When GoDaddy.com founder Bob Parsons told Paul

When GoDaddy.com founder Bob Parsons told Paul Cappelli, “I would love to have a beautiful woman with a nice ample chest with my company name across her shirt,” The AdStore’s CEO and creative chief thought, “OK, that could be pretty tacky.” Not to mention provocative. Americans may love to watch desperate housewives prancing about in their skivvies, but last year’s “wardrobe malfunction” still has advertisers and censors all atwitter.

Between September and early December, Cappelli and his eight-person creative team worked on scripts for the Web-hosting company—50 that included Parsons’ idea and 25 more that didn’t. (Among the ideas nixed was a son telling his family at dinner that he has an announcement. “You’re gay!” Grandma exclaims. No, the son explains, he’s registered a domain name with GoDaddy.com.) After a flurry of e-mails, faxes and notes between the independent New York agency and a very hands-on Parsons, the team seized on the idea of a Senate hearing in which a woman wearing a GoDaddy.com T-shirt tells a panel of fuddy-duddies just what GoDaddy.com offers—and also assures them that her shirt won’t fall off during the commercial.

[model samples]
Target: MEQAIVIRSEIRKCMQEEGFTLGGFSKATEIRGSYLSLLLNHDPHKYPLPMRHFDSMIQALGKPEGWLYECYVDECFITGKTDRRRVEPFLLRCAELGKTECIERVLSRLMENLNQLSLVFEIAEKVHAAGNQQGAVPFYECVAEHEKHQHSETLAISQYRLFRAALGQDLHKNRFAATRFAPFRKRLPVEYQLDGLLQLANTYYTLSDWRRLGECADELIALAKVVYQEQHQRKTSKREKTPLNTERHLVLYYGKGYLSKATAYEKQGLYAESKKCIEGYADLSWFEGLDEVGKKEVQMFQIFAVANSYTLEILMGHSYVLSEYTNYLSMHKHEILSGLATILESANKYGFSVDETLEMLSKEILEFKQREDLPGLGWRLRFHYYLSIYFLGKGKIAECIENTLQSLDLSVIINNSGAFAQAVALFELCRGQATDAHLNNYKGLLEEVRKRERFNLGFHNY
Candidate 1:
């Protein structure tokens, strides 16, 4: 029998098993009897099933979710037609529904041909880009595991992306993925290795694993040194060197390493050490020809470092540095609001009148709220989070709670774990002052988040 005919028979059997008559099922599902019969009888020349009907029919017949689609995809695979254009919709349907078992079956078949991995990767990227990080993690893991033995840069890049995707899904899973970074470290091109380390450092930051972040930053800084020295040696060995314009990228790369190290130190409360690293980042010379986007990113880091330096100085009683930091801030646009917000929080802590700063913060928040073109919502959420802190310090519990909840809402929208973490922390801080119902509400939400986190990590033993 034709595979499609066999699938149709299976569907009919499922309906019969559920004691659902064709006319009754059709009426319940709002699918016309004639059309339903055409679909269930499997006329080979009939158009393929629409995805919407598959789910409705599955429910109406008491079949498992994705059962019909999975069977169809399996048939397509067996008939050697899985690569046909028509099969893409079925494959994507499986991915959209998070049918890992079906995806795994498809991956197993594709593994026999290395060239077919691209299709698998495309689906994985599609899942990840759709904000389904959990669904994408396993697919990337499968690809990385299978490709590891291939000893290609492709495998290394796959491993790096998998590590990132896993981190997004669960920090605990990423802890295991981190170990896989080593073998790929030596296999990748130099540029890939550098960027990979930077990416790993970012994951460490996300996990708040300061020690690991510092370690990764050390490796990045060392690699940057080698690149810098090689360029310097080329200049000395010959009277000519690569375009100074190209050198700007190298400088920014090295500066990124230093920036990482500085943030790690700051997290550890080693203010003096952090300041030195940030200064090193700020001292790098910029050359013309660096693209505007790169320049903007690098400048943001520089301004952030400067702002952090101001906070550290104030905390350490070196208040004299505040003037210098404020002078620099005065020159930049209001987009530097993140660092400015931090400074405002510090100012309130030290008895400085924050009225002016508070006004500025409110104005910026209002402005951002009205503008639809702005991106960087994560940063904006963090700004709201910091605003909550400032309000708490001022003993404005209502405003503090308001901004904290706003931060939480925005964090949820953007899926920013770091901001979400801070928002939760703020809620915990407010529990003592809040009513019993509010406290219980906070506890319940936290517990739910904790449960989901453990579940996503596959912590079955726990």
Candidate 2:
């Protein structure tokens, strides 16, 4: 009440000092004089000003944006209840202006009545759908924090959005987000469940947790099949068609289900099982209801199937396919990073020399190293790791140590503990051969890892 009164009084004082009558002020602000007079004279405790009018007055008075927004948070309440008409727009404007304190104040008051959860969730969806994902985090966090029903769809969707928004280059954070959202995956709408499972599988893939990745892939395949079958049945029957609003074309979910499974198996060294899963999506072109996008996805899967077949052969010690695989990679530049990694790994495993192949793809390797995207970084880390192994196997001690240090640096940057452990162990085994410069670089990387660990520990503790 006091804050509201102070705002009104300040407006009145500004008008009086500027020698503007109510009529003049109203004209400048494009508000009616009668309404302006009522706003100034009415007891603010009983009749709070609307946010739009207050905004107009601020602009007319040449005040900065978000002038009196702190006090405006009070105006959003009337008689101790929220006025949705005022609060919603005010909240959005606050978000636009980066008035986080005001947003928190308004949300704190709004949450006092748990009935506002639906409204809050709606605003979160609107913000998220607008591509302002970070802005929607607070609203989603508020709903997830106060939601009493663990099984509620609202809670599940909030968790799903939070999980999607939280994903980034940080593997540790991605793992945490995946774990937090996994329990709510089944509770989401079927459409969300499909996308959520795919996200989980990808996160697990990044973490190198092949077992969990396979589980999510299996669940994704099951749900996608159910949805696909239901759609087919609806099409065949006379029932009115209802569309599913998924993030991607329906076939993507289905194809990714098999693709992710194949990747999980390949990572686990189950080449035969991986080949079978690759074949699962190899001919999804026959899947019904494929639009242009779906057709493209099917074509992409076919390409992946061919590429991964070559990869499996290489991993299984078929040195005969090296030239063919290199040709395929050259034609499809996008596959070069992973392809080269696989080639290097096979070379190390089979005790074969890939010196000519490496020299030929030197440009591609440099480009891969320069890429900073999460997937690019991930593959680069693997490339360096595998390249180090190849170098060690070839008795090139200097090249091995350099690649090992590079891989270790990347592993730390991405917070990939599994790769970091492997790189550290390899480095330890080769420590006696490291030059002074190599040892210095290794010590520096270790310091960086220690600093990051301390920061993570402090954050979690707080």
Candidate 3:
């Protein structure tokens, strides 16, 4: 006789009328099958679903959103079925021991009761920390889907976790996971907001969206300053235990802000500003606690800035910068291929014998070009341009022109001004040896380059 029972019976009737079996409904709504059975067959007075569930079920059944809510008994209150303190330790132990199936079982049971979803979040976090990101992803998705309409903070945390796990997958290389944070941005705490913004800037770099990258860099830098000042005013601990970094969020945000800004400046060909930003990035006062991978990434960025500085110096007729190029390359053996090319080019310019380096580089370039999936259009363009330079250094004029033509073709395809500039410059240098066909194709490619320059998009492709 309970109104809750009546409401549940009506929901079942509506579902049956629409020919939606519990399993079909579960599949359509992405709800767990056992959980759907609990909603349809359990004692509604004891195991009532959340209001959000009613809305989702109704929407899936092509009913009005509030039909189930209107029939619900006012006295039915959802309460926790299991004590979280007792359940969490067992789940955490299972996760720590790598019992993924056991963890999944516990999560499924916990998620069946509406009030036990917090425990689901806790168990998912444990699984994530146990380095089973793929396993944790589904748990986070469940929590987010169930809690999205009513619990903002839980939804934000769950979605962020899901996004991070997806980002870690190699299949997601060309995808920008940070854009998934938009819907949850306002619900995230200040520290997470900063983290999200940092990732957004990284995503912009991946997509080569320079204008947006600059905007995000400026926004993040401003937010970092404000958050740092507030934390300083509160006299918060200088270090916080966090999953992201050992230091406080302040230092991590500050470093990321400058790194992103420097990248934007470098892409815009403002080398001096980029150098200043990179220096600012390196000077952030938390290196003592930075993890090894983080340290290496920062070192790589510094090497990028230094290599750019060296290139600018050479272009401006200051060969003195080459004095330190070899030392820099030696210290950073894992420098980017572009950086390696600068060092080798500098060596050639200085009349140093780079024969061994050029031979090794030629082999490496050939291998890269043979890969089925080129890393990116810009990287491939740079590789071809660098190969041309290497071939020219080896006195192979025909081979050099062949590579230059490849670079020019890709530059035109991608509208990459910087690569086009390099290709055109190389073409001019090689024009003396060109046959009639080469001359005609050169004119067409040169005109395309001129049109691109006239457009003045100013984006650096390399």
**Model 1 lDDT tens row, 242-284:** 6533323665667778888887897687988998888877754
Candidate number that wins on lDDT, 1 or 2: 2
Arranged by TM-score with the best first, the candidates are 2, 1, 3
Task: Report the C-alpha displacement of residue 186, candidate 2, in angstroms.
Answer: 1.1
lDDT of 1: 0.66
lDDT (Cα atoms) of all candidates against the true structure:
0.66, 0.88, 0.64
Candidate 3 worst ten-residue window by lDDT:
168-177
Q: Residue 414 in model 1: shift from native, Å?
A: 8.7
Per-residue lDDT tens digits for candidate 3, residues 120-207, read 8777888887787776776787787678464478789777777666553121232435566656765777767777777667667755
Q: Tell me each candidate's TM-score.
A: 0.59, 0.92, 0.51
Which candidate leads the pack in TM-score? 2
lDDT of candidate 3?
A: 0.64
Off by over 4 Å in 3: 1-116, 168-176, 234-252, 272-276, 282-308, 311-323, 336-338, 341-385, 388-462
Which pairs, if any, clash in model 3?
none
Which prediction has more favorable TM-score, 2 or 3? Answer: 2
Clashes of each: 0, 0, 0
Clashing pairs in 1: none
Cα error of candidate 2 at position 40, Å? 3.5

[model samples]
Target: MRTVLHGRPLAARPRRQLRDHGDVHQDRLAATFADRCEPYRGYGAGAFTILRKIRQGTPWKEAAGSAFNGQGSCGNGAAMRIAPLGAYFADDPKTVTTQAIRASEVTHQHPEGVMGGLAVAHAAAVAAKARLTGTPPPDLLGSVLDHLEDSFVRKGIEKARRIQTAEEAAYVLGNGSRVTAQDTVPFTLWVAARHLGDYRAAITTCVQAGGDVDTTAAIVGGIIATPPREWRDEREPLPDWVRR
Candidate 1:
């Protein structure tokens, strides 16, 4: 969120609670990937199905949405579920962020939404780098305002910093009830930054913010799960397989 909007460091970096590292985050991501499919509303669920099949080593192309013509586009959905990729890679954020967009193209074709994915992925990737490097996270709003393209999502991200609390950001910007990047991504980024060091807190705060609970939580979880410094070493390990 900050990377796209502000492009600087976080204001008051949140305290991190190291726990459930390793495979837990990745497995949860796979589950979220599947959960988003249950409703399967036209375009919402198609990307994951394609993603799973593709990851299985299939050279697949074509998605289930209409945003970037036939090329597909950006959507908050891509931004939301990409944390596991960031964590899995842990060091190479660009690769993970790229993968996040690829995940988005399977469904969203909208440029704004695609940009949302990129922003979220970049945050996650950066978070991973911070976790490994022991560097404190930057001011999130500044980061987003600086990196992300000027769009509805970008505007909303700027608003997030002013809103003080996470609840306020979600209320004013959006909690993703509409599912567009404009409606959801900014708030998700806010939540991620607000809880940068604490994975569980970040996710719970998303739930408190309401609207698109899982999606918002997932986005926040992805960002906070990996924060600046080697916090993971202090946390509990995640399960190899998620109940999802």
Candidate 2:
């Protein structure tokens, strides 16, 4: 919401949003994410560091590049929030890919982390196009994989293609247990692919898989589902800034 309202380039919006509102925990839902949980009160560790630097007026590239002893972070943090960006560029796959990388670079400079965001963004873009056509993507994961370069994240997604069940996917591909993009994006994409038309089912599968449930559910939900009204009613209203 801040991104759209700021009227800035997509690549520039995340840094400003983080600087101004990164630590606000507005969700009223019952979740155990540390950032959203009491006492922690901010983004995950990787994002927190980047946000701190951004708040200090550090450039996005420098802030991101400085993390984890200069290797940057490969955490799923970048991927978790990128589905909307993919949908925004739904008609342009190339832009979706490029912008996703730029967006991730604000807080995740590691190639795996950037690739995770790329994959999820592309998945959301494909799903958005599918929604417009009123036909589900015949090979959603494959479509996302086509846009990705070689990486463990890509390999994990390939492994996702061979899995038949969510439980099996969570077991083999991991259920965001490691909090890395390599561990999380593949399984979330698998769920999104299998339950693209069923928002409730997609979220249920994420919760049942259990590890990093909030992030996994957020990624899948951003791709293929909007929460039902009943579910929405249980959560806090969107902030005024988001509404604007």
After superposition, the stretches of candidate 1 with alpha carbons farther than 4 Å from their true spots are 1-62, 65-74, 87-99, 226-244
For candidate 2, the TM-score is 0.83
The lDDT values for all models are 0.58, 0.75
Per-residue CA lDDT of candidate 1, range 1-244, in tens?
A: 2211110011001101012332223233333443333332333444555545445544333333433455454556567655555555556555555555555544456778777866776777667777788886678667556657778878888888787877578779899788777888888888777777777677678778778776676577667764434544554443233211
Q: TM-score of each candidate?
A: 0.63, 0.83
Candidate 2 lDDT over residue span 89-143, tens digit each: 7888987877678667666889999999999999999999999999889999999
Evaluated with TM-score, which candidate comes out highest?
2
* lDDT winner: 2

“Initially, the panel was going to be made up of old men dressed as nuns,” Cappelli says. “I just wanted the image to be people who were out of touch—religious fundamentalists.” Director Bryan Buckley chose a more realistic vibe. The spot was shot on video, giving it a grittier, C-SPAN feel. Buckley also thought the character should have a name; Cappelli chose Nikki Cappelli, after his 17-year-old daughter.

The idea of poking fun at broadcast censorship “seemed the most topical,” Cappelli says, “and we just thought it really had the potential to be drop-dead funny. And it also had a message to it. The message really is that there does seem to be a censorship feeling around the networks. When one small group of people raise their voices, everyone else has to cower in the corner. It was kind of a joke about what happened last year, and it’s gotten worse since then.”